During a visit from her own parents, we see that Hannah is trying hard to hide her anxiety. As a consequence she begins repeating behaviors eight times each, and we find that she has suffered from OCD in the past. Forced into therapy and onto medication, she still can’t find a foothold when deadlines and pressure from her editor come down hard on her. In an extremely strange cry for help, Hannah sticks  a Q-tip too far into her ear and winds up in the hospital (with no pants on). On her way home she meets Adam who is outside of a bar. Adam is surprised to see Hannah, and shows some concern over the fact she’s clearly not together. He calls her “kid” and tells her to go home and put some pants on. Hannah tries to put on a brave face, but is visibly shaken by the encounter.

The finale opens with a paranoid Hannah googling things such as, “How does your body know not to stop breathing?” With only a day left to write her book and threats of a lawsuit for breach of contract,  Hannah decides to eat a tub of Cool Whip and read a magazine. Marnie stops in to check on her, but Hannah hides behind her bed. After Marnie leaves, Hannah tries to cut her hair, but can’t reach the back, so Laird comes to the rescue, giving her a somewhat terrifying short new do. Before he leaves, Hannah manages to accuse him of trying to take advantage of her, even though he clearly was not. Laird then tells Hannah that he ‘he had feelings for her until he realized how rotten her insides were.’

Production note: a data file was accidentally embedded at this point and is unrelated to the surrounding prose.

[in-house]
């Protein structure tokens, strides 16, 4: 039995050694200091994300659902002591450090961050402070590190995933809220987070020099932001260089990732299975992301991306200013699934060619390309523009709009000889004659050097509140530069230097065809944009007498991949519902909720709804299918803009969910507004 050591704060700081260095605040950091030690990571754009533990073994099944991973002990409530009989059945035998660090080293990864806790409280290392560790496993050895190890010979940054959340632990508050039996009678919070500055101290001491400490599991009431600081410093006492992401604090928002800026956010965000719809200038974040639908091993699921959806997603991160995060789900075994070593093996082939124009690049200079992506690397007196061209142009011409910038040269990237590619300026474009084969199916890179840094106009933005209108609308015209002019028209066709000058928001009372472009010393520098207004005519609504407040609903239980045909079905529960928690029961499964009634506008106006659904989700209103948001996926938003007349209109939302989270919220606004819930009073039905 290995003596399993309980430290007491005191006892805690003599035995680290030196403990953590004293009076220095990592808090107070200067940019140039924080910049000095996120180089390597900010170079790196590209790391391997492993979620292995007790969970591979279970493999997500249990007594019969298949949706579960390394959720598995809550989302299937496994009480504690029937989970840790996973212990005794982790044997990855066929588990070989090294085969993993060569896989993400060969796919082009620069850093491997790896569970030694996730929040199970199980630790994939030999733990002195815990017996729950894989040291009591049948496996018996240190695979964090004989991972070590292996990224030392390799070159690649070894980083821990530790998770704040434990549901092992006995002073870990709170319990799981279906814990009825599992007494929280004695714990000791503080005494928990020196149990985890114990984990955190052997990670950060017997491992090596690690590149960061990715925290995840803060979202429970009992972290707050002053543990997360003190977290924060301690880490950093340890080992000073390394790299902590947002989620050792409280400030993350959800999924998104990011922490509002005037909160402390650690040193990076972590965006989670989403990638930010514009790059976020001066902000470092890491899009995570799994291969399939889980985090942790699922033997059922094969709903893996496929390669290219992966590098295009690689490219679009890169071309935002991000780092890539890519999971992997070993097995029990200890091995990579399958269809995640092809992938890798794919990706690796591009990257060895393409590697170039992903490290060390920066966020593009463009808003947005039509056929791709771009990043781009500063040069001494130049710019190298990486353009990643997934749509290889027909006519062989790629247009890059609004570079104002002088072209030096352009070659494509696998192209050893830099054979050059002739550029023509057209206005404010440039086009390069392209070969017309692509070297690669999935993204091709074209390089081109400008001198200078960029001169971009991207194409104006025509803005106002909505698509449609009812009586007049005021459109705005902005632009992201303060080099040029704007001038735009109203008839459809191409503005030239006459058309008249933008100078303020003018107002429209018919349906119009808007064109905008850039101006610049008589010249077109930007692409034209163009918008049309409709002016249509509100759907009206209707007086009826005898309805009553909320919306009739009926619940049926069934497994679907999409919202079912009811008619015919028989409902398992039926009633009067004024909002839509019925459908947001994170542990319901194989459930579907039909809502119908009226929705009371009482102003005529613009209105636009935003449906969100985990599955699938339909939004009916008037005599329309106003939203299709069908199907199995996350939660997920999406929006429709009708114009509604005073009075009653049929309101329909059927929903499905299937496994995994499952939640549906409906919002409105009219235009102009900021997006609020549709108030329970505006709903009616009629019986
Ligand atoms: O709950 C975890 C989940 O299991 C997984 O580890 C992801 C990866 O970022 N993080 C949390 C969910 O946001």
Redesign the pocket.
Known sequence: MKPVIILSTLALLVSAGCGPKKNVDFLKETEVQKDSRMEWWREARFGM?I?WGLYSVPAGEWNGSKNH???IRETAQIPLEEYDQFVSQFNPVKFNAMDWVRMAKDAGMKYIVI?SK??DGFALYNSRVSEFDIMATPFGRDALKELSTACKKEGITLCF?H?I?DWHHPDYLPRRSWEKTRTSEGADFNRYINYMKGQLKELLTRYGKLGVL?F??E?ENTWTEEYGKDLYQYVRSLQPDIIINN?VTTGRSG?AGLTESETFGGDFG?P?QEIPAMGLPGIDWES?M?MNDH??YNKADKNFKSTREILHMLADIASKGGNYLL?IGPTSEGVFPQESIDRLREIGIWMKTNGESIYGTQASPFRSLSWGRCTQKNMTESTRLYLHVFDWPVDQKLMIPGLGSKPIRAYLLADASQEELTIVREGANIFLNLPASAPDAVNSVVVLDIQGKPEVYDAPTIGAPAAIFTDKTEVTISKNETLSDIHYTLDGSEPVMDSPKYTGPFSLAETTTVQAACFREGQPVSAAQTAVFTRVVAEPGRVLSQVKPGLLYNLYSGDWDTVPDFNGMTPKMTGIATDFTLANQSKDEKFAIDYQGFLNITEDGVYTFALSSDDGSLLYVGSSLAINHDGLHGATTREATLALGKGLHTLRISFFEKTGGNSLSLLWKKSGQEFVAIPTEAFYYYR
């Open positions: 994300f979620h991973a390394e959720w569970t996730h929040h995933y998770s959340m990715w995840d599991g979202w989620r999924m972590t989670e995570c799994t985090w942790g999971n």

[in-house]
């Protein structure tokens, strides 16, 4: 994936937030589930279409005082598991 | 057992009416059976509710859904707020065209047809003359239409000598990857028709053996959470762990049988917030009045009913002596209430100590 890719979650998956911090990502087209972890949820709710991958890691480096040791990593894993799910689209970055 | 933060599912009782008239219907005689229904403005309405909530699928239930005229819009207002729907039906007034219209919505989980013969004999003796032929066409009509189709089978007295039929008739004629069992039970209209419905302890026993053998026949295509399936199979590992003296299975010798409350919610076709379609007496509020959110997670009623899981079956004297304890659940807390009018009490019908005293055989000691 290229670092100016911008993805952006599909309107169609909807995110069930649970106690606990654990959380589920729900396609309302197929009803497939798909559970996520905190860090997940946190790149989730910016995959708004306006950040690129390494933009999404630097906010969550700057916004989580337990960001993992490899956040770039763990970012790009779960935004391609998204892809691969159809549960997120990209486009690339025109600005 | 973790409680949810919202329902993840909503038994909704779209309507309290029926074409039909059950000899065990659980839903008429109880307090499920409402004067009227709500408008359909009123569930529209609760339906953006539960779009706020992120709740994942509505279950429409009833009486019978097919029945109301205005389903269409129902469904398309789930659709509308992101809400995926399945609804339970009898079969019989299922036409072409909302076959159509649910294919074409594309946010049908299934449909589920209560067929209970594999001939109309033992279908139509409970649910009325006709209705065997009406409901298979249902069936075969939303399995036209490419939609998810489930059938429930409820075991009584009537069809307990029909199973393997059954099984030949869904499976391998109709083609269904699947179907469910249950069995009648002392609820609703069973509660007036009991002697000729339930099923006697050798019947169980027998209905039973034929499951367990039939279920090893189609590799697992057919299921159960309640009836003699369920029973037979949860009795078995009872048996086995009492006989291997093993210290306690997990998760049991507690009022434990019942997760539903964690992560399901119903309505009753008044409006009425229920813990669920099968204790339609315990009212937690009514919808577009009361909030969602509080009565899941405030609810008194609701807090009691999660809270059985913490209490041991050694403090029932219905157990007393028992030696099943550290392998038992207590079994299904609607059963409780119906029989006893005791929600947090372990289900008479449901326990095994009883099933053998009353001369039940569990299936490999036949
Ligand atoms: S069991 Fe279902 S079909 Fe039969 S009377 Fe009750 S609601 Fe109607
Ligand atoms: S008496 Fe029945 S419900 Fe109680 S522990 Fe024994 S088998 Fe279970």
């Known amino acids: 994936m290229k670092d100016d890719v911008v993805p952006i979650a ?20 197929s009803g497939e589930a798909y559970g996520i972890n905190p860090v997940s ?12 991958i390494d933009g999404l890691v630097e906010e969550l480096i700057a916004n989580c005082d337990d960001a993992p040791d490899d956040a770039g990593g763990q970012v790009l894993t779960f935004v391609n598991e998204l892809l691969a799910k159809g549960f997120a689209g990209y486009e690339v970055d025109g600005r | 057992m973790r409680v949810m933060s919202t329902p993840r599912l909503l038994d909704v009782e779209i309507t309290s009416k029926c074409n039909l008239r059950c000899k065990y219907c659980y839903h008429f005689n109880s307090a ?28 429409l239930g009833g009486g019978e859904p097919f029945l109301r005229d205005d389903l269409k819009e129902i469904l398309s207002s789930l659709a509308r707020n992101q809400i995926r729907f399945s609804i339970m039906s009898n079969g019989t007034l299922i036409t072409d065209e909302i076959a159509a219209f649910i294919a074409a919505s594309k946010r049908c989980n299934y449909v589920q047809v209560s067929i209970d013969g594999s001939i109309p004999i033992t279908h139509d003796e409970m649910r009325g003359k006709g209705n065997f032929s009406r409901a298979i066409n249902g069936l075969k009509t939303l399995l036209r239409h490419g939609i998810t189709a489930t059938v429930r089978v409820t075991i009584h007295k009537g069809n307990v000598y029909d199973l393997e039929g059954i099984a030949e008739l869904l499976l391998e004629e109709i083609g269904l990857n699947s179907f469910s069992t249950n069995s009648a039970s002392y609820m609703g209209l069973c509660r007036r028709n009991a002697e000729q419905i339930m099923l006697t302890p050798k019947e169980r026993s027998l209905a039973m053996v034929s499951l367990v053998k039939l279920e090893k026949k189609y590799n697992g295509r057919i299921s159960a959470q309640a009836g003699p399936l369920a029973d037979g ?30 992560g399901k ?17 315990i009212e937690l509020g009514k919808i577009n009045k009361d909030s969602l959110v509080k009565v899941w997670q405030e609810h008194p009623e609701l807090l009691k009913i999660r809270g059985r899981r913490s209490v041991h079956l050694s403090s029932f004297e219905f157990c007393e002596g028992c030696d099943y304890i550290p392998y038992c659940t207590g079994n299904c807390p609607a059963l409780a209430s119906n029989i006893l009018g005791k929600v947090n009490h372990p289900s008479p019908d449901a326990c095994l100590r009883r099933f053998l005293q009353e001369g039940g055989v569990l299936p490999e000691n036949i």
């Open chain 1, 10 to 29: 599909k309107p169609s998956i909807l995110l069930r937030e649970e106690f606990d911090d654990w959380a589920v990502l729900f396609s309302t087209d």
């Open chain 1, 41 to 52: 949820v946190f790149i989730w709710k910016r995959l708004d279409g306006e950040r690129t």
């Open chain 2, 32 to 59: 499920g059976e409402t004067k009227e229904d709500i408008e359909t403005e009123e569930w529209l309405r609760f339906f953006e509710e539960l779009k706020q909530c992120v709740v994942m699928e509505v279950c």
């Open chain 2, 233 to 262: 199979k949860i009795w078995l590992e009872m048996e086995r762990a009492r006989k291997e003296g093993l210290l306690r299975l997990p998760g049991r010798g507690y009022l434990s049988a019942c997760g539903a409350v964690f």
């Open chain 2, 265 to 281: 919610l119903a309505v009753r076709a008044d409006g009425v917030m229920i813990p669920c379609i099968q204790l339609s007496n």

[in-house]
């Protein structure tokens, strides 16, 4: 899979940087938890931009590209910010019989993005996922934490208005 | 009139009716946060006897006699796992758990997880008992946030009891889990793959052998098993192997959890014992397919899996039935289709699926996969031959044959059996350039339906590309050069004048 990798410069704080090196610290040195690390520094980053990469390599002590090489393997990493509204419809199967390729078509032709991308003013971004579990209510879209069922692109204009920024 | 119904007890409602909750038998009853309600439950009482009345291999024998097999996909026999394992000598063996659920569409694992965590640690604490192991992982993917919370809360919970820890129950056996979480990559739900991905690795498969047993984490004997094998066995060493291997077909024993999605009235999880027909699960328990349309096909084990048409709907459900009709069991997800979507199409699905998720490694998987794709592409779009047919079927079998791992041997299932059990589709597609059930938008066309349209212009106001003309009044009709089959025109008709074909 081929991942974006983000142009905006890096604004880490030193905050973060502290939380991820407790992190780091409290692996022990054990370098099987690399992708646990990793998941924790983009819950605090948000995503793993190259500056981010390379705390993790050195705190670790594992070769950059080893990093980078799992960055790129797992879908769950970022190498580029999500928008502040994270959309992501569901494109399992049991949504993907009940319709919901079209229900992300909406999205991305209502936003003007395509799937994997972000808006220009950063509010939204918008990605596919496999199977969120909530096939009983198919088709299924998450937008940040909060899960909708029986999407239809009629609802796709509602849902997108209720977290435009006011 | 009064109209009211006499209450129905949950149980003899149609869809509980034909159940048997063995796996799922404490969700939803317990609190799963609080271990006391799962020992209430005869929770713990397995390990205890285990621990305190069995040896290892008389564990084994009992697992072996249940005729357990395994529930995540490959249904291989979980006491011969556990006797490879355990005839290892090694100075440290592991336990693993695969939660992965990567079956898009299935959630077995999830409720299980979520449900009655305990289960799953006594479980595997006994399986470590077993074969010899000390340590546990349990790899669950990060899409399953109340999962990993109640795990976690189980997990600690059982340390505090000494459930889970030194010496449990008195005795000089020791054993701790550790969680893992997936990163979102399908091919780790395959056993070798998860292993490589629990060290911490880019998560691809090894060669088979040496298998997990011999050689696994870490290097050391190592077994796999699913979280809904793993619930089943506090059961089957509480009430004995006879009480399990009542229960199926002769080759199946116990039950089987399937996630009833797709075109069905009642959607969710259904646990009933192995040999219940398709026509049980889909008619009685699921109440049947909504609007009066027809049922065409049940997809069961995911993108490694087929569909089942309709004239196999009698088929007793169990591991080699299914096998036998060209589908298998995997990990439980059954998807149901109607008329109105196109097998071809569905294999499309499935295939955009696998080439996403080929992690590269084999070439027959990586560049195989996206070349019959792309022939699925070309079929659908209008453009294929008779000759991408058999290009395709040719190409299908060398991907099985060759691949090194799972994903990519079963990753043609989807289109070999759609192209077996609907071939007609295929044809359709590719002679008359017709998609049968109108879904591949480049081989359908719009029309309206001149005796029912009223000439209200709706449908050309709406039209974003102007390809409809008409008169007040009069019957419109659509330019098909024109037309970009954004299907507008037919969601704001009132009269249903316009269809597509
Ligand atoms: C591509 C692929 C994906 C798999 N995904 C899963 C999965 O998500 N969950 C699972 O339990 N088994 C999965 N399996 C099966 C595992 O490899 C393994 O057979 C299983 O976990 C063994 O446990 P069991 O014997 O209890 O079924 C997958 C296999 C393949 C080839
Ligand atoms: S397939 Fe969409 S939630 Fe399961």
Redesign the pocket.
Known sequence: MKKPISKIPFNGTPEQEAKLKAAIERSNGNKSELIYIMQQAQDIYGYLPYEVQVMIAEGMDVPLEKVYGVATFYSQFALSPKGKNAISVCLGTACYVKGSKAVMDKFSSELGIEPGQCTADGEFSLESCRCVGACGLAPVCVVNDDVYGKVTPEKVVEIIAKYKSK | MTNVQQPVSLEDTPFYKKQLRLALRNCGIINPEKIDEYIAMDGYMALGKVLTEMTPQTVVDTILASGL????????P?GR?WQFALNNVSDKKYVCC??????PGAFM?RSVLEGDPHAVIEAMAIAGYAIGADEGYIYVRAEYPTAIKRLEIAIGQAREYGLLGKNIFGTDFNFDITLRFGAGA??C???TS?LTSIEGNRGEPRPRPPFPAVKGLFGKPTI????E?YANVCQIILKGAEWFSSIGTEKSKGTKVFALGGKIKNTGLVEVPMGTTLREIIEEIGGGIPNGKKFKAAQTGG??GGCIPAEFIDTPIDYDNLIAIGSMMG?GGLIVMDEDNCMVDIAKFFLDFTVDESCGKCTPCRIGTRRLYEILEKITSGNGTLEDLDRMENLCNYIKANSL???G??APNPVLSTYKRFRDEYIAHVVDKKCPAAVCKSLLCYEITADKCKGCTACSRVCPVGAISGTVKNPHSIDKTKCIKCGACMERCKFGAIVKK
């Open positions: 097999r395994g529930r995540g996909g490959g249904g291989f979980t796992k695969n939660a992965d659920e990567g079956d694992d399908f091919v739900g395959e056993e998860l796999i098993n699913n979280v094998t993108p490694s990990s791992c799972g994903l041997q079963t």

Retreating to her bed, Hannah “accidentally” Facetimes Adam, who is at first, confused. “Is this f***ing FaceSpace or whatever?” He asks, however it doesn’t take him long to realize something is not right. Hannah admits she’s scared, falling apart, to which Adam responds by running across town and breaking down the door to her apartment.  “You’re here,” she squeaks. “Well, I was always here,” he responds, scooping  her up into his arms like a crazy, shirtless Prince Charming. And so we leave them, kissing sweetly, poised to embark on new, dysfunctional adventures together.

Things I Think About Hannah: I’m very, very happy to see Hannah and Adam reunited in the finale. Yes they are dysfunctional, no it most likely won’t be a smooth ride, but I think they work. I can see them understanding each other’s weaknesses and helping each other to heal. I think that Hannah will write, but I think that she needs to be in a better place in order to do so. It’s glaringly obvious that she’s not a deadline kind of girl, she needs to find a way to write without quite so much pressure, in order for her to succeed. In a perfect world, Hannah would write for HBO Watch and we could be friends. As unlikable as she can be at times, I really, truly like Hannah.



Highs: Adam’s highs are few, but important, nonetheless. His rescue of Hannah in the final moments of the finale is perhaps his only shining moment. He seems to be on the right track when we see him attending an AA meeting. At said meeting, he shares his feelings and even agrees to bring cookies to the next gathering. In fact, he seems so together, that one of the women gives him her daughter’s phone number. He calls and, surprisingly, the girl agrees to meet with him. They meet for dinner and again, it goes shockingly well. Her name is Natalia, she’s pretty, and she actually seems to like him.